Majority says state tort law is avenue for suing privately run facilities
WASHINGTON – In a case arising out of California’s San Joaquin Valley, the Supreme Court on Tuesday limited inmates’ ability to file federal lawsuits for injuries incurred in privately run prisons.
Closely watched by the fast-growing private prison industry, the court concluded in an 8-1 ruling that inmates’ ability to file state lawsuits already protects them adequately.
“In the case of a privately employed defendant, state tort law provides an alternative existing process capable of protecting the constitutional interests at stake,” Justice Stephen Breyer wrote for the majority.
The ruling extends well beyond the fate of Richard Lee Pollard, a repeat felon who did time in Kern County, Calif.
It’s a significant victory for the companies that operate privately run jails and prisons, and a marked limitation for inmates who contend that their treatment violates the Eighth Amendment’s ban on cruel and unusual punishment.
Usually, federal employees are immune from lawsuits unless Congress has specifically authorized them. But in a 1971 case that involved New York City resident Webster Bivens, who was roughed up by narcotics agents, the Supreme Court ruled that some lawsuits may proceed if the federal employee has violated constitutionally protected rights.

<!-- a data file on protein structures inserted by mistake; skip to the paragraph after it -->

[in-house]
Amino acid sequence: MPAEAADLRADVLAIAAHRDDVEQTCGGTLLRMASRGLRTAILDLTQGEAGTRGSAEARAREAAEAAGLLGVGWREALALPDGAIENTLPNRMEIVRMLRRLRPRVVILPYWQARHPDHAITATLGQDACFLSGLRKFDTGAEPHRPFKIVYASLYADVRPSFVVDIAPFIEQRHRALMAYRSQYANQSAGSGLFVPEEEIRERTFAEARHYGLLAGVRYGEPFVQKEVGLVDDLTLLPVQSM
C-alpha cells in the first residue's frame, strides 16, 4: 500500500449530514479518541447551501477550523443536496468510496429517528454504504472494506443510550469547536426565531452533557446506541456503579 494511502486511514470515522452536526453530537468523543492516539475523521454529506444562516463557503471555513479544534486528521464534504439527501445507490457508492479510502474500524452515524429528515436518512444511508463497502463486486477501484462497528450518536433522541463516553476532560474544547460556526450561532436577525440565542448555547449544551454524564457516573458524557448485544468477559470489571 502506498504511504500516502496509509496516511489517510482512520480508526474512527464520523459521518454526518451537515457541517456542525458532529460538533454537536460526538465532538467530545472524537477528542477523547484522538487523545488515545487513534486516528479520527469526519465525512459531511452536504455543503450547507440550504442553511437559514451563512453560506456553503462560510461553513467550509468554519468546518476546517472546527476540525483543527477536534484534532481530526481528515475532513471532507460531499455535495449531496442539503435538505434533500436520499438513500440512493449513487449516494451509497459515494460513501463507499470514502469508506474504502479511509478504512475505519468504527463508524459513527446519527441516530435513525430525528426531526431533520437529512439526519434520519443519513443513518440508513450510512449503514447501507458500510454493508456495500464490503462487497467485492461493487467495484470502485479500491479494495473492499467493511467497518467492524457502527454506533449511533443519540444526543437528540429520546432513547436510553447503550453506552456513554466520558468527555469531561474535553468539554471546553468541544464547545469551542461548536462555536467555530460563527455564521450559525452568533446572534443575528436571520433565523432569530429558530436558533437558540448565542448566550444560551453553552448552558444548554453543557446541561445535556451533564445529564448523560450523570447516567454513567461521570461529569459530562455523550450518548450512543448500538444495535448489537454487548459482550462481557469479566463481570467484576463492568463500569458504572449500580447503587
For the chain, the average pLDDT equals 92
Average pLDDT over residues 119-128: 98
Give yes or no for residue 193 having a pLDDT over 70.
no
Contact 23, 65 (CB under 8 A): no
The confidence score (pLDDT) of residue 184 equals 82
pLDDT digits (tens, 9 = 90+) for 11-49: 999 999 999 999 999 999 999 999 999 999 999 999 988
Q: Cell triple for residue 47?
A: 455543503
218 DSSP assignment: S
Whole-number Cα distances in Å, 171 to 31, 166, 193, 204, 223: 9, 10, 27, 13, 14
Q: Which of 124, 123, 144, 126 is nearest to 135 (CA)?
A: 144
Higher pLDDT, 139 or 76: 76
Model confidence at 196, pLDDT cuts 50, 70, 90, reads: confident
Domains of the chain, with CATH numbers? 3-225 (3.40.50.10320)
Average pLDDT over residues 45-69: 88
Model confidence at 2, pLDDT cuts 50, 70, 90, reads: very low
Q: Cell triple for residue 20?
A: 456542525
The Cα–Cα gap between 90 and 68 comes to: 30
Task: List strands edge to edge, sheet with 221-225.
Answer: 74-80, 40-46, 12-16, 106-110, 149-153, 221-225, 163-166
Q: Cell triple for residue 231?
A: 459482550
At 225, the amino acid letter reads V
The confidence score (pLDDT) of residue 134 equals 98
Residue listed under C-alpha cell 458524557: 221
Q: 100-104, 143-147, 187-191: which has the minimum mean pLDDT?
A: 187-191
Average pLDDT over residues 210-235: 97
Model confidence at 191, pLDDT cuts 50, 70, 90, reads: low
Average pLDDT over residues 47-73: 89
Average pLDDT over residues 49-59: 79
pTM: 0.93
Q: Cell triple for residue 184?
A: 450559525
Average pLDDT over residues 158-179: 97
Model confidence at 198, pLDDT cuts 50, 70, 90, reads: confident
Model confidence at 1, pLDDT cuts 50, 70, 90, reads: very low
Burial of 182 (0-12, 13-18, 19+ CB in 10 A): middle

Pollard argued that he should be able to file a similar “Bivens” lawsuit in federal court, reasoning that the employees in the privately run prison essentially were serving as agents of the federal government. He convinced only one member of the court, however, Justice Ruth Bader Ginsburg.
“Were Pollard incarcerated in a federal or state-operated facility, he would have a federal remedy for the Eighth Amendment violations he alleges,” Ginsburg wrote in a brief dissent. “I would not deny the same character of relief to Pollard, a prisoner placed by federal contract in a privately operated prison.”
In April 1996, as a prior felon, Pollard was sentenced to 20 years after he was convicted of methamphetamine and firearms charges. He landed at the Taft Correctional Institution, west of Bakersfield, Calif.
The GEO Group, then under a different name, had the contract to run the Taft institution from 1997 through 2007.
Pollard was working in the prison’s butcher shop in 2001 when he tripped over a cart. He was diagnosed with possible fractures of both elbows and sent to a Bakersfield clinic. Pollard said guards forced his arms into painful positions when he was handcuffed and left him unsplinted for two weeks. He says he suffered permanent damage.
In the court’s 12-page majority opinion Tuesday, Breyer reasoned that Pollard had plenty of opportunities to file a conventional negligence lawsuit under California law, while acknowledging that “state tort law may sometimes prove less generous” than a federal lawsuit.